Understanding Legislative Compliance

Navigating through the legislative compliance requirements for assistive listening can be a challenge, but Listen Technologies is here to help. The information below serves those who want to better understand what they need to know to accommodate people with hearing loss in venues and public spaces.

Please note: This information is not meant to be a substitute for legal advice or legal opinions. You should always obtain legal advice that is specific to you and your situation. Below is general information only, and is NOT be a substitute for legal advice or legal opinions which you should obtain from your own attorney. Among other things, this information may not reflect current legal developments or other issues that may apply to your specific circumstances and situation.

Why Comply

Hearing loss is an invisible disability due to several factors. Some people simply don’t want to admit that they have hearing loss; others don’t know that there are many resources, including legislation that is available to help them. Everyone knows someone with hearing loss and if we are lucky to live long enough, at some point we will all be touched by this disability.

It is important to be informed about the technologies and innovations that are being developed to help those who have hearing loss, so that they can continue to listen to the things they love.

Why Compliance Matters

In the US alone, 54 million people live with disabilities, of those, around 36 million report having a measurable degree of hearing loss. This makes them the single largest disability group, equaling one out of five adult Americans (17%).

Providing access to assistive listening systems is not only the law, but it’s the right thing to do. It helps people feel connected to their communities and live fuller, richer lives.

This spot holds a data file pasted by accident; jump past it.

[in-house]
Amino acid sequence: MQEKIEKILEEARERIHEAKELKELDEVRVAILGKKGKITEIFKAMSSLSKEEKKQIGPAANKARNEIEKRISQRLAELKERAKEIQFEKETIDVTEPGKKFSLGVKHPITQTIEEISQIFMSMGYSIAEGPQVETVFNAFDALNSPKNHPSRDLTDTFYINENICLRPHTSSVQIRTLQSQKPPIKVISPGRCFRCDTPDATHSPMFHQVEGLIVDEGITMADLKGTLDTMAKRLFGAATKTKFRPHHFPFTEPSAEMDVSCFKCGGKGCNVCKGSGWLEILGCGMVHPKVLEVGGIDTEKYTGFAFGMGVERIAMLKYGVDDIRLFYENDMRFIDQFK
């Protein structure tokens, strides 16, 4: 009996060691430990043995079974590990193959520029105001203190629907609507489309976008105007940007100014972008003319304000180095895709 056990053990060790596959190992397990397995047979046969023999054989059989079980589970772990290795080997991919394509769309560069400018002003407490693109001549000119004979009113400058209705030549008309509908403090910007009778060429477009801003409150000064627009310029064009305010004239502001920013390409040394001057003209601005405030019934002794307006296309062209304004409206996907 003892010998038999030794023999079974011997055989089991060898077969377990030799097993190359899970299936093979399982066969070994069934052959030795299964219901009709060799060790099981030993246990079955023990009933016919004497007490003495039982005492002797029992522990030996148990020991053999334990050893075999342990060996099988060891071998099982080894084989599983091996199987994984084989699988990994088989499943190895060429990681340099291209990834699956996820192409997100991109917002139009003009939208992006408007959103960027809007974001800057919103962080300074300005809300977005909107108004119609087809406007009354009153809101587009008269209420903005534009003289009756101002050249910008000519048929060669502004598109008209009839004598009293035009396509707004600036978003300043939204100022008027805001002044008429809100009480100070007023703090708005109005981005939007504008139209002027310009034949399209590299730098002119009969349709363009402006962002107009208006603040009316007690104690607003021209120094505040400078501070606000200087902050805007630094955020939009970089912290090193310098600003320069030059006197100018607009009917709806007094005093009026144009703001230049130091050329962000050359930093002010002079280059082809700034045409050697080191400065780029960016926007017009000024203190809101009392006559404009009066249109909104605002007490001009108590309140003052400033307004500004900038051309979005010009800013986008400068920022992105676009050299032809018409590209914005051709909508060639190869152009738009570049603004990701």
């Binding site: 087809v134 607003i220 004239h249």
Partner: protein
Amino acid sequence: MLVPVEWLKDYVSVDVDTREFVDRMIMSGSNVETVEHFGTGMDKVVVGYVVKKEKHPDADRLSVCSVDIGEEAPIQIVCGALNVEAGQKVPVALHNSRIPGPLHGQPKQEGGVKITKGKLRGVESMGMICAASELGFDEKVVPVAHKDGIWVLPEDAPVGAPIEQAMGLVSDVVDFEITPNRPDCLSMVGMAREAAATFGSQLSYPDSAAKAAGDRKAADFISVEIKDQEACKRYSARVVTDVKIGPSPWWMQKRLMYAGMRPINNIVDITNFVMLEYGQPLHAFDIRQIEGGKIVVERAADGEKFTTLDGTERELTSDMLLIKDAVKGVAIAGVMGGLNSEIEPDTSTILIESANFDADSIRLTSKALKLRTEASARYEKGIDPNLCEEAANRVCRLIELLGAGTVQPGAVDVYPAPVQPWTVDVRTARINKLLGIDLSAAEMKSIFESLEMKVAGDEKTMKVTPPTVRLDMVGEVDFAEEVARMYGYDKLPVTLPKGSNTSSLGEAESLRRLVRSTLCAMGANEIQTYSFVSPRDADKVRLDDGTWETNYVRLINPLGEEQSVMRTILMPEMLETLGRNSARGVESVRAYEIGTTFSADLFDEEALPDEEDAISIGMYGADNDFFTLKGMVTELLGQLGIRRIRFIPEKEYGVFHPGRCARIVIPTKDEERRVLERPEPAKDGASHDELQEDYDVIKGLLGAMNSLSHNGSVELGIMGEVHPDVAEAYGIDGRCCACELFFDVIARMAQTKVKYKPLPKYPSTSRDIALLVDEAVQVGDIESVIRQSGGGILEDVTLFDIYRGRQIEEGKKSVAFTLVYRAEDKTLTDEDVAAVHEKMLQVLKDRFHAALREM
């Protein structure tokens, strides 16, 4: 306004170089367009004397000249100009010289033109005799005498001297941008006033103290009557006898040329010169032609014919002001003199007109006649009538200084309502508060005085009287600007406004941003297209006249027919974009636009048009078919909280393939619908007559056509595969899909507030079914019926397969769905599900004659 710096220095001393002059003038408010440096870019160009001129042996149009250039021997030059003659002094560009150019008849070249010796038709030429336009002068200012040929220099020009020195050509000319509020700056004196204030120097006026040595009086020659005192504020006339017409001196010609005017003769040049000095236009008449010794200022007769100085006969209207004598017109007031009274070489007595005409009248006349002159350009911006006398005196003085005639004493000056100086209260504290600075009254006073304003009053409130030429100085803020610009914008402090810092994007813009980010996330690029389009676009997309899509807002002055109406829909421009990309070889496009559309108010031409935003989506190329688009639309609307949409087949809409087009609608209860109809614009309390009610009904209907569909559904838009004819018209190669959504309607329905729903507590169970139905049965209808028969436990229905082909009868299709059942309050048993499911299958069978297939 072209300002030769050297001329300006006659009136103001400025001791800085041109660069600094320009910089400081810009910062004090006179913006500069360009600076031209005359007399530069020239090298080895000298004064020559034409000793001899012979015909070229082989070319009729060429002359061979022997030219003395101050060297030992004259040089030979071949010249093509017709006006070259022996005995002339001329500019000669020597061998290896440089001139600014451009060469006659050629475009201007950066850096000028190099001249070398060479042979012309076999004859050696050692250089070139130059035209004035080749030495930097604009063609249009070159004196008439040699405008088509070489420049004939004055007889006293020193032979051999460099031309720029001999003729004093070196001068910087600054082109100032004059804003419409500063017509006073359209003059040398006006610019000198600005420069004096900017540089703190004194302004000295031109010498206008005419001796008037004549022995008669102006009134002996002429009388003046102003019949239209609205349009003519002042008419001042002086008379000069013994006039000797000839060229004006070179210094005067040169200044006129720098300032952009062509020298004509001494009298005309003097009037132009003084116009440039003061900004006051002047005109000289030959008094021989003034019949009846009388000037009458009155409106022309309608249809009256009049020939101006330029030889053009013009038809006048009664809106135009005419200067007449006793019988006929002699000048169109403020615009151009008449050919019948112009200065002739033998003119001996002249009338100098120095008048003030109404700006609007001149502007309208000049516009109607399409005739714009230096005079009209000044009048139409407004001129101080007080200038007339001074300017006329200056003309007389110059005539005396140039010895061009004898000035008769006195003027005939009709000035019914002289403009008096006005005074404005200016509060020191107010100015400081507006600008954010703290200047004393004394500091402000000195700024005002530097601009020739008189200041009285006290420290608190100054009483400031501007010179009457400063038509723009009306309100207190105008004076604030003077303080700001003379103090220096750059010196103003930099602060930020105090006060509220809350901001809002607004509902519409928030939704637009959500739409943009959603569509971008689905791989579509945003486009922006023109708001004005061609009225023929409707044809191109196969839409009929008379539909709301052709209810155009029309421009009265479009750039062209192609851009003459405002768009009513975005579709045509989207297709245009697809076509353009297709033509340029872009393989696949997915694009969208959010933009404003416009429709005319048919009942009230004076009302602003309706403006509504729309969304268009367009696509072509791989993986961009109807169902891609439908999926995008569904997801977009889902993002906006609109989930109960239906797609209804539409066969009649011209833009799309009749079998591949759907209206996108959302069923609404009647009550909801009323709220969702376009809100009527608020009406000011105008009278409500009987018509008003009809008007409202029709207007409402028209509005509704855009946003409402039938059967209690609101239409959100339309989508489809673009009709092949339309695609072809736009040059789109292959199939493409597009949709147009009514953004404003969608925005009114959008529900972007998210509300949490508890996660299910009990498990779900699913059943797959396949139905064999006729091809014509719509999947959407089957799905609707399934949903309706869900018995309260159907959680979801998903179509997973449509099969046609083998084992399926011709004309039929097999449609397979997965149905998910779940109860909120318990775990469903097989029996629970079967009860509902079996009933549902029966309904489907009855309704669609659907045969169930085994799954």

Although hearing loss is the largest disability covered under the ADA, it is often an unknown and under-served disability group. Everyone knows someone with hearing loss, yet if you ask people what accommodations are made, they often have no idea that assistive listening accommodations are required.

One misunderstood aspect of hearing loss is that while hearing aids are great, they do not work in every situation. Hearing aids work great in a quiet environment, but in places with a lot of ambient noise, an assistive listening system is needed to block out unwanted sound and deliver sound directly to people’s ears. People with hearing loss need more signal than noise- it isn’t helpful if sound is just louder.

More Reasons to Comply

  • Nearly 20% of patrons have a need for assistive listening
  • Patrons will have a much better experience
  • It’s required by law
  • There are tax benefits-
    • Tax benefits – 8826 form: 2. To provide qualified interpreters or other methods of making audio materials available to hearing-impaired individuals;
  • There are penalties-If you do not comply with the assistive listening requirements there could be legal ramifications and penalties. The Department of Justice (DOJ) issued a Final Rule that adjusts civil penalties ranging from $55,000 to $150,000.